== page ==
Is There Anybody Out There?
RAS NAM 2010
SETI have been hard at it, looking for evidence of intelligent life since the mid 1980s. Despite so far finding not very much, they perhaps have cause for cheer as an international team of astronomers have discovered compelling evidence that rocky planets are commonplace in our galaxy. Leicester University scientist and lead researcher Dr Jay Farihi surveyed white dwarfs, the compact remnants of stars that were once like our Sun, and found that many show signs of contamination by heavier elements, possibly even water, improving the prospects for extraterrestrial life.
White dwarf stars are the endpoint of stellar evolution for the vast majority (>90%) of all stars in the Milky Way, including our sun. Since they should have essentially pure hydrogen or pure helium atmospheres, if heavier elements (in astronomy described as ‘metals’, examples including calcium, magnesium and iron) are found then these must be external pollutants. For decades, it was believed that the interstellar medium, the tenuous gas between the stars, was the source of metals in these polluted white dwarfs.
Farihi and his team used data from the Sloan Digital Sky Survey (SDSS), a project that aims to survey the sky in infrared light, imaging more than 100 million objects, and following up 1 million of these by obtaining their spectrum (dispersing the light by colour).
By examining the positions, motions and spectra of the white dwarfs identified in the SDSS, Farihi and his team show that this is no longer a viable theory. Instead, rocky planetary debris is almost certainly the culprit in most or all cases.
The new work indicates that at least 3%, and perhaps as much as 20%, of all white dwarfs are contaminated in this way, with the debris most likely in the form of rocky minor planets, with a total mass of about that of a 140 km diameter asteroid.
This implies that a similar proportion of stars like our sun, as well as stars that are a little more massive such as Vega and Fomalhaut, build terrestrial planetary systems. Astronomers are thus playing the role of celestial archaeologists by studying the ‘ruins’ of rocky planets and their building blocks.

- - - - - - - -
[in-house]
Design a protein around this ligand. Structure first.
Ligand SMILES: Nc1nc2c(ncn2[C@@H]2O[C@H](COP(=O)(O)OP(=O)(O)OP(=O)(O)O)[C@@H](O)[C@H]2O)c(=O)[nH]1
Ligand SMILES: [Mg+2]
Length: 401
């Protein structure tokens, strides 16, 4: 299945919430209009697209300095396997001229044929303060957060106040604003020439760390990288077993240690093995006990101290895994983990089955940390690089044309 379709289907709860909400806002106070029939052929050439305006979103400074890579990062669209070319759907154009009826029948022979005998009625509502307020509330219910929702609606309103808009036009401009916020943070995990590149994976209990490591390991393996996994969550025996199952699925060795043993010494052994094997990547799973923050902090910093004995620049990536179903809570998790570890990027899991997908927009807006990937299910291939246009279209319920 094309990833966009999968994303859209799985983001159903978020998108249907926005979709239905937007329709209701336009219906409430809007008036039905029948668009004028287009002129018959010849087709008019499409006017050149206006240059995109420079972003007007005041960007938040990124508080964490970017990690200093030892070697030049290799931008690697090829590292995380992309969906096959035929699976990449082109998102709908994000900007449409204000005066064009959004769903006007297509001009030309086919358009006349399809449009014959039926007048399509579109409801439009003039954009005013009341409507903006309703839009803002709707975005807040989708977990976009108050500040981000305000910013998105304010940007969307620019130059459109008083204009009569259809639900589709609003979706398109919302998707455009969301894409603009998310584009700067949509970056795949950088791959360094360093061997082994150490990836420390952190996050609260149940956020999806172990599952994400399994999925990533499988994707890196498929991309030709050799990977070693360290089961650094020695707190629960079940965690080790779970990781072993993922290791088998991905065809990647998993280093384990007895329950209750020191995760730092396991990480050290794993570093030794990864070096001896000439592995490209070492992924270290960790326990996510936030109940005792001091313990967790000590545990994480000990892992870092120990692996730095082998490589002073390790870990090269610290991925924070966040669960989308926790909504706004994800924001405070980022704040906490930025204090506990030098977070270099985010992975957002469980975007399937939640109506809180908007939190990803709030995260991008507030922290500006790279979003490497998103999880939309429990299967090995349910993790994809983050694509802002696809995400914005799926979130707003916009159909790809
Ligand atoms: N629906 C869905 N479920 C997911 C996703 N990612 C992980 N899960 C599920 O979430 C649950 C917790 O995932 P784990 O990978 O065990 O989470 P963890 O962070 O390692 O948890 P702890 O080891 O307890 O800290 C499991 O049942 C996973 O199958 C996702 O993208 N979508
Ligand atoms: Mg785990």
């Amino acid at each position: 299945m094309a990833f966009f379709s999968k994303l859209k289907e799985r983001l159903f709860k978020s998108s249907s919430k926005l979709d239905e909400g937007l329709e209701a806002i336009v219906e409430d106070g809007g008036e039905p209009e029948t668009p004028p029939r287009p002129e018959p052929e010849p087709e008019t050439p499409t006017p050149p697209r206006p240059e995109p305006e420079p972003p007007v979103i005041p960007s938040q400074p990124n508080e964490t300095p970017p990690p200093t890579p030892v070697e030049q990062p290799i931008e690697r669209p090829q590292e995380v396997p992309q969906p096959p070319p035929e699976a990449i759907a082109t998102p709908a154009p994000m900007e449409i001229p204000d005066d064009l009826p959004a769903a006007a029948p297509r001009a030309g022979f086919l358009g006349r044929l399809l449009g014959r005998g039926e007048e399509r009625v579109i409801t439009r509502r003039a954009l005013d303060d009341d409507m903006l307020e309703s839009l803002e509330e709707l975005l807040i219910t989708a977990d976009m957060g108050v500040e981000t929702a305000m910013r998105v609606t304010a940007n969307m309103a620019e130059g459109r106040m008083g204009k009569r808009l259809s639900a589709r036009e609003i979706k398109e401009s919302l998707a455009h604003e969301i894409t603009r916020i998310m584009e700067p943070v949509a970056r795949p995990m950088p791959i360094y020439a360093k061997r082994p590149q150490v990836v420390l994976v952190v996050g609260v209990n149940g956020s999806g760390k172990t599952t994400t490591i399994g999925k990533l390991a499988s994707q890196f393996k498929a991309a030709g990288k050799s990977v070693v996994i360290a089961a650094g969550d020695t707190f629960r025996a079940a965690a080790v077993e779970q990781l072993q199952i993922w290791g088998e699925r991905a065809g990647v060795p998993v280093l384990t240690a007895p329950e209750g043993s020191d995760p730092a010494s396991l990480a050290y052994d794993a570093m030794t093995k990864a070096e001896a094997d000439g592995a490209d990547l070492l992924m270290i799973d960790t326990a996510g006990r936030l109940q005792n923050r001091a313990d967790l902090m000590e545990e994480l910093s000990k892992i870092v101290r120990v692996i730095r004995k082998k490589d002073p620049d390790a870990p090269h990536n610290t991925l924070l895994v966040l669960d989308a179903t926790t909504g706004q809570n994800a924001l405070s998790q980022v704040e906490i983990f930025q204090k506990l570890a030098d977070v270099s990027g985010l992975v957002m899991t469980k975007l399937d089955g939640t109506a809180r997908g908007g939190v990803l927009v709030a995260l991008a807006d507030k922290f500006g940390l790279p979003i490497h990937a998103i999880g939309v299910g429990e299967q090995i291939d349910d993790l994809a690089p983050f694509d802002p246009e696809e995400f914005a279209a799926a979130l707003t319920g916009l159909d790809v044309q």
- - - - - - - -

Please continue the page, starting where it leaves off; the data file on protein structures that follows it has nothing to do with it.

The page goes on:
The scientists also measured the composition of the contaminating planetary debris through its chemical signature, which stands out in the otherwise pure atmosphere of the white dwarfs.
Excitingly, it appears that a significant fraction of these stars are polluted with material that contained water, with important implications for the frequency of habitable planets around other stars. If internal water is present in a substantial fraction of asteroids around other stars, like those that contaminated the white dwarfs, it is conceivable that at least simple life may be common throughout the galaxy.
Dr Farihi comments:
“In our own Solar System with at least one watery, habitable planet, the asteroid belt – the leftover building blocks of the terrestrial planets – is several percent water by mass. From our study of white dwarfs, it appears there are basic similarities found among asteroid-like objects around other stars; hence it is likely a fraction of these white dwarfs once harbored watery planets, and possibly life.”
Research like this allows us to make more informed guesses as to the inputs to Drake’s equations. For SETI and others looking to the sky in search of intelligent life, the news that planets capable of supporting life may be, or have been, commonplace will be very welcome indeed.